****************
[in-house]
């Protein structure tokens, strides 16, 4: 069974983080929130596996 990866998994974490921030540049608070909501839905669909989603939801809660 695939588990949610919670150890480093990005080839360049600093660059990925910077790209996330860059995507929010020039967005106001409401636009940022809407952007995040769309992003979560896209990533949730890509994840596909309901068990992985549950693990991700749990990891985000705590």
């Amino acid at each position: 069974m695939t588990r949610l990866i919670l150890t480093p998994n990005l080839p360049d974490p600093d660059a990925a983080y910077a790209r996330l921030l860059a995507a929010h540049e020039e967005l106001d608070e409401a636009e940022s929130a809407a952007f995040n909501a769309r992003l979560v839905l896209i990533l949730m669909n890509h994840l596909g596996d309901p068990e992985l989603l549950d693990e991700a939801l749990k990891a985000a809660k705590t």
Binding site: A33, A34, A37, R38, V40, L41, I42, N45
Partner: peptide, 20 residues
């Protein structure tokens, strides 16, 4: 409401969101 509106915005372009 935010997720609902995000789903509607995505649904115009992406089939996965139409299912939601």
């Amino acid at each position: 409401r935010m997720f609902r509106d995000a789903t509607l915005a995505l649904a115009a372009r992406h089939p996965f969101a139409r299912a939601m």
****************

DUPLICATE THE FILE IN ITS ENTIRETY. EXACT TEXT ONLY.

[in-house]
């Protein structure tokens, strides 16, 4: 069974983080929130596996 990866998994974490921030540049608070909501839905669909989603939801809660 695939588990949610919670150890480093990005080839360049600093660059990925910077790209996330860059995507929010020039967005106001409401636009940022809407952007995040769309992003979560896209990533949730890509994840596909309901068990992985549950693990991700749990990891985000705590």
């Amino acid at each position: 069974m695939t588990r949610l990866i919670l150890t480093p998994n990005l080839p360049d974490p600093d660059a990925a983080y910077a790209r996330l921030l860059a995507a929010h540049e020039e967005l106001d608070e409401a636009e940022s929130a809407a952007f995040n909501a769309r992003l979560v839905l896209i990533l949730m669909n890509h994840l596909g596996d309901p068990e992985l989603l549950d693990e991700a939801l749990k990891a985000a809660k705590t």
Binding site: A33, A34, A37, R38, V40, L41, I42, N45
Partner: peptide, 20 residues
């Protein structure tokens, strides 16, 4: 409401969101 509106915005372009 935010997720609902995000789903509607995505649904115009992406089939996965139409299912939601």
């Amino acid at each position: 409401r935010m997720f609902r509106d995000a789903t509607l915005a995505l649904a115009a372009r992406h089939p996965f969101a139409r299912a939601m």